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Central Nervous System Involvement in a Child with Human Immunodeficiency Virus Infection: A Case Report


avatar GholamReza Soleimani 1 , avatar Hooman Tehrani 2

1 Assistant professor

2 Pediatric Assistant_ Research Center for Children and adolescents Health Zahedan Medical University, *

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How to Cite: Soleimani G, Tehrani H. Central Nervous System Involvement in a Child with Human Immunodeficiency Virus Infection: A Case Report. J Compr Ped.1(2): 59-62.


Journal of Comprehensive Pediatrics: 1 (2); 59-62
Article Type: Case Report
Received: January 1, 2007
Accepted: January 1, 2007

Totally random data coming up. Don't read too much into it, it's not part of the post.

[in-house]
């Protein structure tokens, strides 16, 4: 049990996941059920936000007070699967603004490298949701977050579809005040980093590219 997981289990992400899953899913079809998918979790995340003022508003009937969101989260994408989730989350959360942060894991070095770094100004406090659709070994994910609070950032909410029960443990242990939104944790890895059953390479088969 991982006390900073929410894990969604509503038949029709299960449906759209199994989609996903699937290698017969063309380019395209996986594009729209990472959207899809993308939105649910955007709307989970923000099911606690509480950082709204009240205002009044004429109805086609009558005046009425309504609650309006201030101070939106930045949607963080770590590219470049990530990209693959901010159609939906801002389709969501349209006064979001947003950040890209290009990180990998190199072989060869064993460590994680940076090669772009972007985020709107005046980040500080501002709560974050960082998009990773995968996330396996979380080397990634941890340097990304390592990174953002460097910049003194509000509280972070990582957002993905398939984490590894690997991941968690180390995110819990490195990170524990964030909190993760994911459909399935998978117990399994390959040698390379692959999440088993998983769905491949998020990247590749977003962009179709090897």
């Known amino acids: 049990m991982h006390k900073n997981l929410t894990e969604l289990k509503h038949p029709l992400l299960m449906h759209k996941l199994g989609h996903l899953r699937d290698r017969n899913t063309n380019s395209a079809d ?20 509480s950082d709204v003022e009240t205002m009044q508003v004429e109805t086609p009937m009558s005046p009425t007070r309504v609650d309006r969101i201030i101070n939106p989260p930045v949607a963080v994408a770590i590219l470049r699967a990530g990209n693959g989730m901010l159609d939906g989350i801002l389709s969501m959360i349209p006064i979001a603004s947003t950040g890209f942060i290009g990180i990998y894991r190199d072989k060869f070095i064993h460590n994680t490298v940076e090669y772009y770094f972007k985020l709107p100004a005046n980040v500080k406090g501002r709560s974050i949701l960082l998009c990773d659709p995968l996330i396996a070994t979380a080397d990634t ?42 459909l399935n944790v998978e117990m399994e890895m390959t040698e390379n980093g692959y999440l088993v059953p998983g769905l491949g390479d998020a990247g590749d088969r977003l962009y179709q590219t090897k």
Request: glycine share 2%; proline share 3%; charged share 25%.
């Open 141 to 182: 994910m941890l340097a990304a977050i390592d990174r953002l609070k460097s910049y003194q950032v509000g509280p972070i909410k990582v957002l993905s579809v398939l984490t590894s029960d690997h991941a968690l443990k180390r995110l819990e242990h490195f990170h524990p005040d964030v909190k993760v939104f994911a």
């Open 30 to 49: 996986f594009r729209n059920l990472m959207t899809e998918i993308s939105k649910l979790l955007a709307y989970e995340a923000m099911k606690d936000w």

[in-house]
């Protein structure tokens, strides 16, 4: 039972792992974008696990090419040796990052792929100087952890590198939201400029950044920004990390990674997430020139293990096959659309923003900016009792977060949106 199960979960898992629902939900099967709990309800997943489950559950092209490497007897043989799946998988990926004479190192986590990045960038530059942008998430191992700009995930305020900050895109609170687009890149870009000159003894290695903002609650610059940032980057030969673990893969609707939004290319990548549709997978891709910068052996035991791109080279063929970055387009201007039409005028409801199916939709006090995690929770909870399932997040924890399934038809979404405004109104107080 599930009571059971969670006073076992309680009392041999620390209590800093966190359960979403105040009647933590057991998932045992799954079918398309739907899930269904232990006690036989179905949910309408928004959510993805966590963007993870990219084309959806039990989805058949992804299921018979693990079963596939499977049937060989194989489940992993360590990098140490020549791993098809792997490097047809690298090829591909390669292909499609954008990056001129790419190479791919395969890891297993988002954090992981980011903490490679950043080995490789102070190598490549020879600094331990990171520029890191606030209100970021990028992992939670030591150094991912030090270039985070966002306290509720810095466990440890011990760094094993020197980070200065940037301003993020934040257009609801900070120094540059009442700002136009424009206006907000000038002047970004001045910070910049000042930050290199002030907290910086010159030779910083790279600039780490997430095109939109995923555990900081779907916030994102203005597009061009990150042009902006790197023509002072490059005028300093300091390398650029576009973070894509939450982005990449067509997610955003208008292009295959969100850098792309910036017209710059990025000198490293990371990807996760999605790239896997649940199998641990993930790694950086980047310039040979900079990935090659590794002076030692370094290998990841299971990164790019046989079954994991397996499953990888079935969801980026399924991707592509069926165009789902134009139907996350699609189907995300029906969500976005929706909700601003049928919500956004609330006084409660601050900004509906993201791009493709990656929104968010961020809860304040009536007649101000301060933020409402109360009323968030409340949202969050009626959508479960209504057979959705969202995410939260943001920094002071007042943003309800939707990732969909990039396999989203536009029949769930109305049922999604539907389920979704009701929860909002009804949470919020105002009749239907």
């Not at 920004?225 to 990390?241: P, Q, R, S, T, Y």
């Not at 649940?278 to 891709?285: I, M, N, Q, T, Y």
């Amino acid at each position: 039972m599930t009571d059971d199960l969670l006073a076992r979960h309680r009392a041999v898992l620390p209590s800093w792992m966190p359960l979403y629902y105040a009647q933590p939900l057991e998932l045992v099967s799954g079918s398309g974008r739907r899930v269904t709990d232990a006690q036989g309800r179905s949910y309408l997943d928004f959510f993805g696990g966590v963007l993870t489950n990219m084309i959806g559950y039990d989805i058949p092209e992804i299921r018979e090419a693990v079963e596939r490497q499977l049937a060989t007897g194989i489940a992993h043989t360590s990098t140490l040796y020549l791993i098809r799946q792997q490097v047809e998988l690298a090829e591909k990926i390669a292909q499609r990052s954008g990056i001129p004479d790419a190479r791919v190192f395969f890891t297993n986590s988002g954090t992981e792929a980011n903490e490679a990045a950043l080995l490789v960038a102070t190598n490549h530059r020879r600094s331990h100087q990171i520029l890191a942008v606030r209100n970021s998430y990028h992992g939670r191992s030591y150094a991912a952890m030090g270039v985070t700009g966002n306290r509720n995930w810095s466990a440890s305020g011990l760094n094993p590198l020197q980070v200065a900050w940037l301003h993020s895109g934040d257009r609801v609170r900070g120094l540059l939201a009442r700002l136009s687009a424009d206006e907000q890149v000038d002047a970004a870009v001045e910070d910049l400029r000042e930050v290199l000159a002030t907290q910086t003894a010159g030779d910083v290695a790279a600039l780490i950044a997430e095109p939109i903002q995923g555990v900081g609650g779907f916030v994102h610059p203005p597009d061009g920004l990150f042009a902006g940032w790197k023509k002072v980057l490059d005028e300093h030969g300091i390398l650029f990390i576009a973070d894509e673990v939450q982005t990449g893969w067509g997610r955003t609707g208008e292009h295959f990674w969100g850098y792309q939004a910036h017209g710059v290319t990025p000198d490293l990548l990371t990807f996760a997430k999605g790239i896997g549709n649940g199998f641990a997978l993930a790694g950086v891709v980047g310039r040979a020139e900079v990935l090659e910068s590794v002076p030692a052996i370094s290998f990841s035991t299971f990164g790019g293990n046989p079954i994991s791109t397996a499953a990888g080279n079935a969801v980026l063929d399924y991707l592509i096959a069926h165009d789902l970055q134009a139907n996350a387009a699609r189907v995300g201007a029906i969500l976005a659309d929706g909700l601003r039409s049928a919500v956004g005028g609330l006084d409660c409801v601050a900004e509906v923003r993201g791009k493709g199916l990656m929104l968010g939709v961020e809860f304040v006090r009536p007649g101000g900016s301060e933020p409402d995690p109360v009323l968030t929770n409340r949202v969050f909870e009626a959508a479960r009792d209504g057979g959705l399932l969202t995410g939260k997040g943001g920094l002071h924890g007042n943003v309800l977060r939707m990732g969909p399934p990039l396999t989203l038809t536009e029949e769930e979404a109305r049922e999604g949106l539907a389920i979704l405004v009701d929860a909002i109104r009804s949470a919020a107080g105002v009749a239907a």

HIV has infected 4.4 million children worldwide and has resulted in 3.2 million deaths. The progression of vertically acquired HIV infection appears to have a trimodal distribution. Approximately, 15% of children have rapidly progressive type of disease, while the remainders have either a chronic progressive course or an infectious pattern typical of that in adults. Mean survival is about 10 years. Children can be asymptomatic for many years, and the appearance of an opportunistic infection in a 10-year-old child in whom AIDS is subsequently diagnosed is not rare. Neurologic findings in an infected child are: Motor delay, hypotonia, hypertonia, and/or pyramidal tract signs which may indicate progressive HIV encephalopathy or opportunisic infection of the CNS. Our case was an 8-year old boy presented with fever, vomiting, and loss of consciousness.The patient was a known case of HIV infection due to mother’s infection in perinatal period and was on treatment from 3 years before his referral. He was presented to our hospital for the fever which had started one month earlier and refractory vomiting. The patient got in coma on the chest examination; tachypnea, crackles and heart murmur were auscultated. In neurologic examination, anisocoria, right-sided hemiparesis, increased deep tendon reflexes in the right side and extensor plantar reflex, Kernig and Brudzinski signs were detected. Eventually, the patient died after 46 days of hospitalization in pediatric intensive care unit because of full sepsis.

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